This indicates a system adopted on the justification of blocking invasions of personal privacy are also used more insidiously as a means for powerful groups to control online opinion.
So what does Samsung have to say for itself?
Regarding this, Samsung Electronics’ public relations office said, “The matter was in many ways a communication failure that arose due to insufficient understanding of the particularities of the Internet at the Galaxy 2’s marketing sector.”
“It’s a misunderstanding. You must understand our special situation.”
There is also debate about the fairness of review marketing. Most review marketing takes place with compensation exchanging hands. The problem is that this is rarely revealed, so the objectiveness of the review is easily lost. Some firms even filter out critical posts from the very beginning by getting prior confirmations. Recently, one mobile phone community was conducting a user review event for the Galaxy 2, with the phone being provided for free or at a discount based on the favorableness of the review.
[ … ]
The Federal Trade Commission of the United States has since December 2009 required bloggers to reveal if they received corporate support or payment when they write product reviews.
August 31, 2010
I’ve been wondering why the iPad has not been allowed into the South Korean market. Now we know why: To give Samsung, LG, TG Sambo, and even KT time to get their
clones high-quality similar products into the pipeline. Samsung and LG were caught flat-footed by the iPhone, and so they’ve decided to strike back by keeping out the competition until they’re good and ready.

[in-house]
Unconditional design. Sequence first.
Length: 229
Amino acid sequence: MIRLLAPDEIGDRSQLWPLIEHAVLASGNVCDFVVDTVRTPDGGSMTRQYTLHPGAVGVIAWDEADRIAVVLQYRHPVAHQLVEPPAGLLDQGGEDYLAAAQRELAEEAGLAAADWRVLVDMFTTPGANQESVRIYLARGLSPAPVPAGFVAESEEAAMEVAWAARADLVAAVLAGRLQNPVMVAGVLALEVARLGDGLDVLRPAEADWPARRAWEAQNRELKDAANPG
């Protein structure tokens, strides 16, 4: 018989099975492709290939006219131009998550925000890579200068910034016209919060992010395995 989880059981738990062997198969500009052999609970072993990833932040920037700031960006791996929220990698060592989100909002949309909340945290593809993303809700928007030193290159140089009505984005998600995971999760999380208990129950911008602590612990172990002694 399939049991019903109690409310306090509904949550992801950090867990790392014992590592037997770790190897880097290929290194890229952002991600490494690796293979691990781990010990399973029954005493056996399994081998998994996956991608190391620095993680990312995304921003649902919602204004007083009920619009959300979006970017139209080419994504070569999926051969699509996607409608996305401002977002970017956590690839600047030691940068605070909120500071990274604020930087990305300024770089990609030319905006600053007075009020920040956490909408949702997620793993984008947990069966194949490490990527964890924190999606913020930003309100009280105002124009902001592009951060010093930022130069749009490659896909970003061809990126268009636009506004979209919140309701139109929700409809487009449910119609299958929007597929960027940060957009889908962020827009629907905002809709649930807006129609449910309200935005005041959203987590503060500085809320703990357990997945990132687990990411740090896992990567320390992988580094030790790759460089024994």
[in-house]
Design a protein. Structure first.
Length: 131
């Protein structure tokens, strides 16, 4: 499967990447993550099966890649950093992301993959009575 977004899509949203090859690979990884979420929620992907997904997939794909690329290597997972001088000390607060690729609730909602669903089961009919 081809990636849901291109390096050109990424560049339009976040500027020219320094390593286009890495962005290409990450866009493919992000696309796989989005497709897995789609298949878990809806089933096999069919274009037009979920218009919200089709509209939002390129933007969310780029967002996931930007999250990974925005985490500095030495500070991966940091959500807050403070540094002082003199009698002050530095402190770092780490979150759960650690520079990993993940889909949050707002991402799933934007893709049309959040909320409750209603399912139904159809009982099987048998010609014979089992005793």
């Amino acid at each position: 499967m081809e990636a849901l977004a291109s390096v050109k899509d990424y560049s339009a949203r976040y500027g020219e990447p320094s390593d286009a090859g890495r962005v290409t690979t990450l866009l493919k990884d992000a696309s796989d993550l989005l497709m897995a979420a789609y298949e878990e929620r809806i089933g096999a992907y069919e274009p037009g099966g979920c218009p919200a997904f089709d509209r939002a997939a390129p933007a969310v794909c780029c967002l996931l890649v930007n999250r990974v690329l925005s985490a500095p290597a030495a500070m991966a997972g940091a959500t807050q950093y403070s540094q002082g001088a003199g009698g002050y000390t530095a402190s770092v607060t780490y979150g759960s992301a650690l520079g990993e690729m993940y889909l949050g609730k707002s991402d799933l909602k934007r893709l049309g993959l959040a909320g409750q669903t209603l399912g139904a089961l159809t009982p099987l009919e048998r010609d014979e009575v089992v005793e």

KT on Monday introduced the nation’s first tablet PC. Called the Identity Tab, it runs on Google’s Android operating system and is produced by Seoul-based gadget maker Enspert.
[ snip ]
Samsung Electronic plans to debut its Android-powered Galaxy Tab at the IFA consumer electronics trade show opening in Berlin this weekend. It will hit the Korean market through SK Telecom later in September. LG Electronics will also release an Android tablet PC within the year, and TG Sambo is developing a similar device.
KT plans to offer the tablet PC for $23 under a two-year contract. Without a contract, the device will sell for $411.
“Compared to the iPad or Samsung’s Galaxy Tab, which will cost around $600-$700 in Korea, KT’s tablet PC is rather cheap,” said Hong-seek Kim, an analyst at NH Investment & Securities.
While it will sell its own device, KT says it’s still open to offering the iPad to South Korean consumers.
KT “is definitely thinking of launching the iPad in Korea, but I can’t tell you the exact timing of the launch,” said Sung-chul Kim, a KT vice president.
Apple spokeswoman Jill Tan declined to comment.
(Wall Street Journal)
I would be at a loss for words, too, if my company were being ganged up on and its products kept off the shelves.
July 18, 2010
Unlike most people, I’m more interested in buying a Blackberry than an iPhone. I went into a shop with a Korean friend and found out that the latest model costs about a million won (roughly a thousand dollars!). Through the Internet, I discovered that the same model sells for about $500 in Canada. Since I’m going to Canada tomorrow for vacation (so expect light posting for a while), I thought I’d buy one in Canada and bring it back here, thus saving myself 500 bucks. Well, it turns out that I would have to pay 300,000 won to have it unlocked. I’d still save about 200 dollars, but still, bummer.
No surprise that South Korea is a country that will not get the latest iPhone at the end of July. Government approval wasn’t given because